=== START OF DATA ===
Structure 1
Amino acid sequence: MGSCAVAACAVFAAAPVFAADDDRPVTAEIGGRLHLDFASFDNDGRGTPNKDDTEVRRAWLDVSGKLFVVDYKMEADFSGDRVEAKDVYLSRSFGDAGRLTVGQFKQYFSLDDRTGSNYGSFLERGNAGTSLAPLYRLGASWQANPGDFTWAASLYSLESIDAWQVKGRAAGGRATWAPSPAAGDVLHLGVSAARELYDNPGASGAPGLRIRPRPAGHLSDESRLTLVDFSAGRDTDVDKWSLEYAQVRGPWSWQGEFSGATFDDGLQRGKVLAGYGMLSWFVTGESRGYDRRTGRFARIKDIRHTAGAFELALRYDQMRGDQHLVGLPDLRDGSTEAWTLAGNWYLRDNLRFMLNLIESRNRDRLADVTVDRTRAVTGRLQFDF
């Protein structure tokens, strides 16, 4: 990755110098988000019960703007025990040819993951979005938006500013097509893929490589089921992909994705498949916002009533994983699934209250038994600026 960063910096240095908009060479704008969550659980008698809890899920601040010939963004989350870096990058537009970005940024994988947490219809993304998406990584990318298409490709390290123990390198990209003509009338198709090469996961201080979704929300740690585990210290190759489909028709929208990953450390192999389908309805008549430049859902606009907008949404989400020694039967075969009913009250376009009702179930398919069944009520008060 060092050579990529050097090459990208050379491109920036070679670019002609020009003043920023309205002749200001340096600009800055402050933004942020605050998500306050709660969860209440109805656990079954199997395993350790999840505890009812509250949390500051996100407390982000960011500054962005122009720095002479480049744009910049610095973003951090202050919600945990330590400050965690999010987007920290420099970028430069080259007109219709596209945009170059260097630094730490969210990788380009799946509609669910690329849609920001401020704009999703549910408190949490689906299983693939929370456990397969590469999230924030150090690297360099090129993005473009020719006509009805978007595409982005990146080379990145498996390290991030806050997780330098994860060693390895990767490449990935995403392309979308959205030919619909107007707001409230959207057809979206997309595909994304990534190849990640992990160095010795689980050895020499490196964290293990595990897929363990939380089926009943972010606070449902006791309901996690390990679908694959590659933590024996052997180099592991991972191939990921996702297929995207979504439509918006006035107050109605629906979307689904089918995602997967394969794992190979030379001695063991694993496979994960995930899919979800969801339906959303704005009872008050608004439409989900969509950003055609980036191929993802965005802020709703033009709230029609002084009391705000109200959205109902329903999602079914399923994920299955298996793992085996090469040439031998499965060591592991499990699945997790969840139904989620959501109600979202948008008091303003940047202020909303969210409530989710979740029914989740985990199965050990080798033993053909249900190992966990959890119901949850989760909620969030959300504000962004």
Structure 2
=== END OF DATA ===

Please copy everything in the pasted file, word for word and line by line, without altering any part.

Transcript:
Structure 1
Amino acid sequence: MGSCAVAACAVFAAAPVFAADDDRPVTAEIGGRLHLDFASFDNDGRGTPNKDDTEVRRAWLDVSGKLFVVDYKMEADFSGDRVEAKDVYLSRSFGDAGRLTVGQFKQYFSLDDRTGSNYGSFLERGNAGTSLAPLYRLGASWQANPGDFTWAASLYSLESIDAWQVKGRAAGGRATWAPSPAAGDVLHLGVSAARELYDNPGASGAPGLRIRPRPAGHLSDESRLTLVDFSAGRDTDVDKWSLEYAQVRGPWSWQGEFSGATFDDGLQRGKVLAGYGMLSWFVTGESRGYDRRTGRFARIKDIRHTAGAFELALRYDQMRGDQHLVGLPDLRDGSTEAWTLAGNWYLRDNLRFMLNLIESRNRDRLADVTVDRTRAVTGRLQFDF
């Protein structure tokens, strides 16, 4: 990755110098988000019960703007025990040819993951979005938006500013097509893929490589089921992909994705498949916002009533994983699934209250038994600026 960063910096240095908009060479704008969550659980008698809890899920601040010939963004989350870096990058537009970005940024994988947490219809993304998406990584990318298409490709390290123990390198990209003509009338198709090469996961201080979704929300740690585990210290190759489909028709929208990953450390192999389908309805008549430049859902606009907008949404989400020694039967075969009913009250376009009702179930398919069944009520008060 060092050579990529050097090459990208050379491109920036070679670019002609020009003043920023309205002749200001340096600009800055402050933004942020605050998500306050709660969860209440109805656990079954199997395993350790999840505890009812509250949390500051996100407390982000960011500054962005122009720095002479480049744009910049610095973003951090202050919600945990330590400050965690999010987007920290420099970028430069080259007109219709596209945009170059260097630094730490969210990788380009799946509609669910690329849609920001401020704009999703549910408190949490689906299983693939929370456990397969590469999230924030150090690297360099090129993005473009020719006509009805978007595409982005990146080379990145498996390290991030806050997780330098994860060693390895990767490449990935995403392309979308959205030919619909107007707001409230959207057809979206997309595909994304990534190849990640992990160095010795689980050895020499490196964290293990595990897929363990939380089926009943972010606070449902006791309901996690390990679908694959590659933590024996052997180099592991991972191939990921996702297929995207979504439509918006006035107050109605629906979307689904089918995602997967394969794992190979030379001695063991694993496979994960995930899919979800969801339906959303704005009872008050608004439409989900969509950003055609980036191929993802965005802020709703033009709230029609002084009391705000109200959205109902329903999602079914399923994920299955298996793992085996090469040439031998499965060591592991499990699945997790969840139904989620959501109600979202948008008091303003940047202020909303969210409530989710979740029914989740985990199965050990080798033993053909249900190992966990959890119901949850989760909620969030959300504000962004």
Structure 2